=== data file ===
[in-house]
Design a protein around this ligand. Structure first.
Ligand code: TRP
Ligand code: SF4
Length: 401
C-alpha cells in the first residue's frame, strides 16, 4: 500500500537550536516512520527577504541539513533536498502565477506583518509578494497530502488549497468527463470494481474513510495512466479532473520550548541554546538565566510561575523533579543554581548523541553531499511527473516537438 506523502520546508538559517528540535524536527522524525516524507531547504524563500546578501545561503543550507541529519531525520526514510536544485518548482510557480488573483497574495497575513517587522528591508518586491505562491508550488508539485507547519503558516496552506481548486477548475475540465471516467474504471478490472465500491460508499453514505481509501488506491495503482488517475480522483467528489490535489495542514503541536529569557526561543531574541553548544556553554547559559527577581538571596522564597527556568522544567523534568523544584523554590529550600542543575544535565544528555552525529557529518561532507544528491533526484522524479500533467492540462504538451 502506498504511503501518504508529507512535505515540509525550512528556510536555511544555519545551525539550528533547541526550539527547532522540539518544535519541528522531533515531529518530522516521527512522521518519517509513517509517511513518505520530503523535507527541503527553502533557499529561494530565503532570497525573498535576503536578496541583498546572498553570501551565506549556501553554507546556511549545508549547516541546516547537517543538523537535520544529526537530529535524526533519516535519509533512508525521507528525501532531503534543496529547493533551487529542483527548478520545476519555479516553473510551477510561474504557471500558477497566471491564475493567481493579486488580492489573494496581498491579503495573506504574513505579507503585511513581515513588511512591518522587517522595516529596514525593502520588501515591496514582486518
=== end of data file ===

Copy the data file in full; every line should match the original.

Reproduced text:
[in-house]
Design a protein around this ligand. Structure first.
Ligand code: TRP
Ligand code: SF4
Length: 401
C-alpha cells in the first residue's frame, strides 16, 4: 500500500537550536516512520527577504541539513533536498502565477506583518509578494497530502488549497468527463470494481474513510495512466479532473520550548541554546538565566510561575523533579543554581548523541553531499511527473516537438 506523502520546508538559517528540535524536527522524525516524507531547504524563500546578501545561503543550507541529519531525520526514510536544485518548482510557480488573483497574495497575513517587522528591508518586491505562491508550488508539485507547519503558516496552506481548486477548475475540465471516467474504471478490472465500491460508499453514505481509501488506491495503482488517475480522483467528489490535489495542514503541536529569557526561543531574541553548544556553554547559559527577581538571596522564597527556568522544567523534568523544584523554590529550600542543575544535565544528555552525529557529518561532507544528491533526484522524479500533467492540462504538451 502506498504511503501518504508529507512535505515540509525550512528556510536555511544555519545551525539550528533547541526550539527547532522540539518544535519541528522531533515531529518530522516521527512522521518519517509513517509517511513518505520530503523535507527541503527553502533557499529561494530565503532570497525573498535576503536578496541583498546572498553570501551565506549556501553554507546556511549545508549547516541546516547537517543538523537535520544529526537530529535524526533519516535519509533512508525521507528525501532531503534543496529547493533551487529542483527548478520545476519555479516553473510551477510561474504557471500558477497566471491564475493567481493579486488580492489573494496581498491579503495573506504574513505579507503585511513581515513588511512591518522587517522595516529596514525593502520588501515591496514582486518